“What students see, how their peers are behaving really can influence your own behaviors whether or not you’re reacting in an angry anxious way or if you kind of say ‘oh well that’s ok so I’m going to do it [cheat]’ both of those things are not desirable outcomes for education,” said Holmberg.
Depending on the success of the McCabe Survey, Iowa State will participate in more surveys in the future, directed more towards faculty and professors to assess measures taken by staff to stop academic misconduct.
Once the data from the McCabe Survey comes back, Iowa State will be able to start thinking about starting initiatives to build better academic integrity. Kellogg explained one initiative that the group had talked about previously.
“The University of California San Diego has a peer lead program supporting academic integrity where students actually have conversations with other students about this topic,” said Kellogg. “We’re hoping that we might be able to implement a similar program here to be used in a preventative and also potentially a responsive manner.”
Letting students take the lead in creating a campus culture with students who value their academic integrity as much as the money they give to Iowa State, could lead to more students taking academic integrity seriously. Luiken explained why it is important to treat academics with respect and honesty.
”Valuing the classes that You’re taking and the value of your degree and that the way you conduct yourself in the classroom, the integrity you have is truly a representation of the value of your degree,” said Luiken. “You’re devaluing your degree if you’re choosing to cheat in all your classes.”
The group hopes to have a pilot program ready this spring, in order to begin testing whether an initiative like this could be successful.
The office also wants to start more programs to educate students on academic integrity and the importance of being truthful in an academic setting as a preventative measure rather than a response to academic dishonesty. Currently, members of the office, primarily Luiken, attend introduction classes throughout the first month of a semester and gives presentations on the importance of academic integrity.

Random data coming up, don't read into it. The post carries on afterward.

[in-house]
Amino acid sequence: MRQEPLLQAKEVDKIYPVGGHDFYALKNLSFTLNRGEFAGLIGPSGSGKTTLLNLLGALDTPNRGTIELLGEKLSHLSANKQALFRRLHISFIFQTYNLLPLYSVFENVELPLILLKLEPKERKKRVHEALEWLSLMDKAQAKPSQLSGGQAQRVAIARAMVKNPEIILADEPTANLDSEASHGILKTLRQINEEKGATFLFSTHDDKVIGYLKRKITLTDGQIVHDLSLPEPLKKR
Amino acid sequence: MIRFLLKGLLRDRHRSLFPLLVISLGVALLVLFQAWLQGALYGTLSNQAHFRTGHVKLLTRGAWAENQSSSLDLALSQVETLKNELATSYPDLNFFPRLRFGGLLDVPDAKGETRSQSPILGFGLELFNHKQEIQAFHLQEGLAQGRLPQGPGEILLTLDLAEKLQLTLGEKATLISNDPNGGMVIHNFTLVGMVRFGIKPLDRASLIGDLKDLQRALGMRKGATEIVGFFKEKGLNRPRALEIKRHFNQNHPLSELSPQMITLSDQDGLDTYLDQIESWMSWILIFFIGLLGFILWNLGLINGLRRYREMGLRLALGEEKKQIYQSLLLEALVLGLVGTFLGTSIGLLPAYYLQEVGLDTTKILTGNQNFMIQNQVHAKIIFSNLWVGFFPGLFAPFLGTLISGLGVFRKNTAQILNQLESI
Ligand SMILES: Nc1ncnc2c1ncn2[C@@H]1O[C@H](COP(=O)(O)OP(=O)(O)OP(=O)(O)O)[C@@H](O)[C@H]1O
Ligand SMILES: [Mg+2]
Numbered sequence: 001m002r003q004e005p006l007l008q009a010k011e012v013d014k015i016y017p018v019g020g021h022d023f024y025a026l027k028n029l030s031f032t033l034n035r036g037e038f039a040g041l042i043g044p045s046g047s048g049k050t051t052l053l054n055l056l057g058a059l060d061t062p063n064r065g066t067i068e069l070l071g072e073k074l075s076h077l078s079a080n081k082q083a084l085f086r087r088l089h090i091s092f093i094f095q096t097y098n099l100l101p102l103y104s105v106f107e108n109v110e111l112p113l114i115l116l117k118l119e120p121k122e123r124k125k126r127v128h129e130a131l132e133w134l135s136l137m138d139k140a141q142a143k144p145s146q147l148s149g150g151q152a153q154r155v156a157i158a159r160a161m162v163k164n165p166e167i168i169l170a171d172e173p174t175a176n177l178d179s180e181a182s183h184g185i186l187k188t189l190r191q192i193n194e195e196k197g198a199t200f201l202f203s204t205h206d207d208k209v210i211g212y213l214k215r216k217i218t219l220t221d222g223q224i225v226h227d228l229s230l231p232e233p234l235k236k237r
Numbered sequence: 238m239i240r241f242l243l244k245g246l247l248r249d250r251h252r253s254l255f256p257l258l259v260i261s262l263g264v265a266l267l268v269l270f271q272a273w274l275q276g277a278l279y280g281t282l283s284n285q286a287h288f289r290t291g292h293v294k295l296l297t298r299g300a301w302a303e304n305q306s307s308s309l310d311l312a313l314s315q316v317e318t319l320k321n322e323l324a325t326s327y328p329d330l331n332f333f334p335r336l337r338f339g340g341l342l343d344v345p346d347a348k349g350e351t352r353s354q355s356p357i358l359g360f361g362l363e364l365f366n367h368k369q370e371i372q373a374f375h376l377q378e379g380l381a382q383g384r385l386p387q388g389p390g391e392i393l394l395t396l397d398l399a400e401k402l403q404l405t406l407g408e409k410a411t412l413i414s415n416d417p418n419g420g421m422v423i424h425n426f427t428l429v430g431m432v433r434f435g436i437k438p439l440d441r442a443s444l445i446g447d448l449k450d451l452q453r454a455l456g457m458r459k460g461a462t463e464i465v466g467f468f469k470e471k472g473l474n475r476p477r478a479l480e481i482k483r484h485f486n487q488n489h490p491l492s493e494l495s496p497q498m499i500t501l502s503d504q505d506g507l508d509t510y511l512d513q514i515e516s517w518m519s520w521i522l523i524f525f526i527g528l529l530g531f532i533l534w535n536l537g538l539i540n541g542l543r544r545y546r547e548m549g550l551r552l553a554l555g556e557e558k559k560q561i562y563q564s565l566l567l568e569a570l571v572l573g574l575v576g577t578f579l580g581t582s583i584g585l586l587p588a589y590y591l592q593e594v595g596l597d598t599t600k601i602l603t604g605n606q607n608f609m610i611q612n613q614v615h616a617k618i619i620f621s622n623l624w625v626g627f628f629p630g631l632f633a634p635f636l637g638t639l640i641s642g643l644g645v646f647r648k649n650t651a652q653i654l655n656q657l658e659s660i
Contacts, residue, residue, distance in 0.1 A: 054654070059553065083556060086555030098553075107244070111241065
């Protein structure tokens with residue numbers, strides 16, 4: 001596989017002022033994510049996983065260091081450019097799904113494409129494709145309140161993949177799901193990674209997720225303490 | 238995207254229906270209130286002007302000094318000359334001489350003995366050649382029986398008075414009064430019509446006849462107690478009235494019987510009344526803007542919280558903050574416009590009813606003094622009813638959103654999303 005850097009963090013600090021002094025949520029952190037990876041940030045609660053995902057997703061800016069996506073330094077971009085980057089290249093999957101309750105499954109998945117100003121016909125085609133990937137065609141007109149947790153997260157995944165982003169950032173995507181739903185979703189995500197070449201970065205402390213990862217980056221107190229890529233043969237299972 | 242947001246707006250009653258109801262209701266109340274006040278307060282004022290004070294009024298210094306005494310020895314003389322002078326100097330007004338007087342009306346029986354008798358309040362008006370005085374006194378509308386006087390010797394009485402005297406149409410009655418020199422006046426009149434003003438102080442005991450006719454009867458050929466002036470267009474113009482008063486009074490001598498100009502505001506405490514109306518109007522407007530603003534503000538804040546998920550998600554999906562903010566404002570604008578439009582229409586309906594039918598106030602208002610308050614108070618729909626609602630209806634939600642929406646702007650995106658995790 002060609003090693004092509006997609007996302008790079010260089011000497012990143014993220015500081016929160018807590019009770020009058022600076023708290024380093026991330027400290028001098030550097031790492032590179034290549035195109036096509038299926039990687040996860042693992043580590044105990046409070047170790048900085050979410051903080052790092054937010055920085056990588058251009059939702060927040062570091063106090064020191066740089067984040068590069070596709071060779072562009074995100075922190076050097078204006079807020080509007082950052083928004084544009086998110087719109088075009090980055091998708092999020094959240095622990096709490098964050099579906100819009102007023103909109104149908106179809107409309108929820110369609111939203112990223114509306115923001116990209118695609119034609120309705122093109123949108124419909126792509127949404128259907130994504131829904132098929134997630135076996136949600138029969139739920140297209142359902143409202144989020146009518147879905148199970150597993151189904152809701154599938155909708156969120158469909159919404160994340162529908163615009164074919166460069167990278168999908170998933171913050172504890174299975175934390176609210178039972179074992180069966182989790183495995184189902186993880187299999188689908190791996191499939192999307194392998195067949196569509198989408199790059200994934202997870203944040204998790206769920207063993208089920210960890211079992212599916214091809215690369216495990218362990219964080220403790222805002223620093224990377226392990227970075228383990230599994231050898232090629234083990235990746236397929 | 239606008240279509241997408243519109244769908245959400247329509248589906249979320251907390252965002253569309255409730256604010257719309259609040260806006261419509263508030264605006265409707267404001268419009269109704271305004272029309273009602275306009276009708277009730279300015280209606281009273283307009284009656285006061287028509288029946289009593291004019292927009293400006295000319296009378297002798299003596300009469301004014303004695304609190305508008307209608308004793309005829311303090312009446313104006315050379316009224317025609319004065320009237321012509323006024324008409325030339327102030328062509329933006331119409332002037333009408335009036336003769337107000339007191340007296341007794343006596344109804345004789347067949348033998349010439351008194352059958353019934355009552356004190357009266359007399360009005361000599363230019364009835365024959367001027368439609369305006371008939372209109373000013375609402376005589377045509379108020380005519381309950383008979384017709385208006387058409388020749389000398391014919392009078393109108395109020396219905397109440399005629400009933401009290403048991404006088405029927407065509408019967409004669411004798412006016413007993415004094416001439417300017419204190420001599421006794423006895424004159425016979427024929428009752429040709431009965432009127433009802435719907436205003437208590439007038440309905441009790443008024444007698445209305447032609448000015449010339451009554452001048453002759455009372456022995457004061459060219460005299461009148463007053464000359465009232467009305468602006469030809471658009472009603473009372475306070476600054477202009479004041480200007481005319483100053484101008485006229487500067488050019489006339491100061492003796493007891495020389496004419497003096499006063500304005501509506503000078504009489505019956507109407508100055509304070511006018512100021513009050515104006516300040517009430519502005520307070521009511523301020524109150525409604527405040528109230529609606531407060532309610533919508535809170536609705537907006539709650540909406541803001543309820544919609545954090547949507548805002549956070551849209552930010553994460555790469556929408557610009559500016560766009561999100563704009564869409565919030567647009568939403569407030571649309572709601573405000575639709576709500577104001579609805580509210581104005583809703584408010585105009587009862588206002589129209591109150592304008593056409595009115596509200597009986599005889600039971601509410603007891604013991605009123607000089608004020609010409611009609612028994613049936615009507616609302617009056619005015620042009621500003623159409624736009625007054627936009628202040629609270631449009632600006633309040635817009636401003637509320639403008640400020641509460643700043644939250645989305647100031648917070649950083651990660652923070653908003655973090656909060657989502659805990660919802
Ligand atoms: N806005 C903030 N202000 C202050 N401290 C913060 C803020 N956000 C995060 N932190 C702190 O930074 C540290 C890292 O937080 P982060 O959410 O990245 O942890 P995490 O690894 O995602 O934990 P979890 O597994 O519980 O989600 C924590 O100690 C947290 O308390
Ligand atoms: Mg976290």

“Even with all the presentations I do I’m not even touching a fraction of the 101 classes realistically,” said Luiken. “We’re a small office there’s only three of us and I do most of our classroom presentations so there’s only so many places I can be with a caseload as well."
One option the office has considered to replace these presentations is online modules similar to the sexual harassment and alcohol abuse all Iowa State students are required to take via Canvas. The online modules would offer a short course that students could work through at any time, to get students acquainted with academic misconduct and to teach them practices that would be considered misconduct.
Overall these new programs could bring a large change to campus, rather than discouraging students from academic dishonesty with punishments, this office hopes to bring new respect for education and academic integrity to campus.
“When we say student conduct program I think we want it to be more than just a student conduct program,” said Kellogg. “Student conduct is so much associated with the adjudication process, the charges and adjudication, we want this to be more of an academic integrity promotion.”